When paper currency was first printed in the United States, each note was signed by hand by an authorized individual or individuals. As time progressed and thousands of notes were printed, it became a very burdensome task for high-ranking officials to sign thousands of dollar bills. When the first silver certificates were issued by the United States federal government in 1878, the authorized signatures included the Register of the Treasury and Treasurer of the United States. These notes were signed by hand. However, later notes used imprinted signatures as part of the automated printing process. In 1928, the authorized signatures changed to the Treasurer of the United States and the Secretary of the treasury.
Most importantly, the condition of the note is taken into consideration. The better the condition that the note is in, the more valuable it will be worth. If the note has seen circulation and has been folded, torn, crumpled, washed, rolled, soaked with water, etc. it will be ranked at the bottom of the value scale. However, if a note has been carefully stored and preserved since the first day it rolled off the printing press, it will be prized by collectors and at the very top of the value scale.
A grading scale very similar to that used for grading coins is also used for grading paper money. This scale is on a continuum from 1 through 70, where 70 is considered a perfect note and 1 is considered poor and barely identifiable. There are other small changes such as paper money is printed and not minted and therefore notes that have not seen circulation are referred to as "Uncirculated" instead of "Mint State."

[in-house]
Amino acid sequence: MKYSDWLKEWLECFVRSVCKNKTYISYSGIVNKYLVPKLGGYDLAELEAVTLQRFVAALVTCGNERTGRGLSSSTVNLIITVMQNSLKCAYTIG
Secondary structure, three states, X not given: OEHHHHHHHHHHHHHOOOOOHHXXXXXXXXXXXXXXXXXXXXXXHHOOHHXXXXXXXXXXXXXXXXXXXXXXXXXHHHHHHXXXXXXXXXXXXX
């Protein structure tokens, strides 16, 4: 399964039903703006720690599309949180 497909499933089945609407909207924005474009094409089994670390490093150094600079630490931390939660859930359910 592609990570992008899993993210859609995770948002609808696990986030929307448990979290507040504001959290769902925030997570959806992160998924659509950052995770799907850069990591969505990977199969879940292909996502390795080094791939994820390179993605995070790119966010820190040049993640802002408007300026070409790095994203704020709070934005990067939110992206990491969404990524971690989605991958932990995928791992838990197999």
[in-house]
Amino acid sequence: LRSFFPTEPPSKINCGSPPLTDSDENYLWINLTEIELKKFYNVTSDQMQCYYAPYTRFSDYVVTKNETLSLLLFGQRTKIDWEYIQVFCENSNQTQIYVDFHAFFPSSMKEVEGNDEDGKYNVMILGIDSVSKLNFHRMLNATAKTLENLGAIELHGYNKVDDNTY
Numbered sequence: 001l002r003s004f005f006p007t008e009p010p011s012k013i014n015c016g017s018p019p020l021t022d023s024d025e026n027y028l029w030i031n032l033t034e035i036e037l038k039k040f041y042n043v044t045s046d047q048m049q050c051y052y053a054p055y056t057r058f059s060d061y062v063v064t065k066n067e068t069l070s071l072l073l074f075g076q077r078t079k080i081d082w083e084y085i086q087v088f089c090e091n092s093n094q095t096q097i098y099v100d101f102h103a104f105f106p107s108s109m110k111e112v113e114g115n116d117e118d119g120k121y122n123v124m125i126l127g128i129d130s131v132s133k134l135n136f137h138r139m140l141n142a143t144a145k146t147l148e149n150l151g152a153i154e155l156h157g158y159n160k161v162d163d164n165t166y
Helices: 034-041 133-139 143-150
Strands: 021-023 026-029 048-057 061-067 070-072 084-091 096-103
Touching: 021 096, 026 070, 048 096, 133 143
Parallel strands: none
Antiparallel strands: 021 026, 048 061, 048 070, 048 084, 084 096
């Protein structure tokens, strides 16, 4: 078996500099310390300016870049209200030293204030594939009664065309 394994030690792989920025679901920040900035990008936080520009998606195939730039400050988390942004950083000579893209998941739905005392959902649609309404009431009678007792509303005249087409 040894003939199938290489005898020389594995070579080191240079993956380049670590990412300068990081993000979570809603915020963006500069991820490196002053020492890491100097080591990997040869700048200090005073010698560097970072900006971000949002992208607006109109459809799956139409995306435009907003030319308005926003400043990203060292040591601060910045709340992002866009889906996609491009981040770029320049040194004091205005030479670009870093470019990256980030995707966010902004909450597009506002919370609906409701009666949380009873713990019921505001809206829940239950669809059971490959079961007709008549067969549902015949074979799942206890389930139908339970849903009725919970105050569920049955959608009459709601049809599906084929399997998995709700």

Serial Number and Star Notes
Finally, if the note has a fancy serial number or a star in it, these will also carry a premium numismatic value. For example, the following serial numbers are highly sought after by collectors of paper money:
- All the same digits (111111111 or 555555555)
- A repeating series of digits (123123123 or 585858585)
- Same digits forwards and backward, also known as a radar note (123454321 or 785696587)
- Very low numbers or very high numbers (000000001 or 999999999)
Silver Certificates Found in Circulation Today
Most silver certificates found in circulation today are usually well circulated and are worth only the face value of the note. However, if you do find a crisp uncirculated note it may be worth a considerable premium. The best guide book to determine the value of your notes is the A Guide Book of United States Paper Money by Arthur L. and Ira S. Friedberg, published by Whitman Publishing.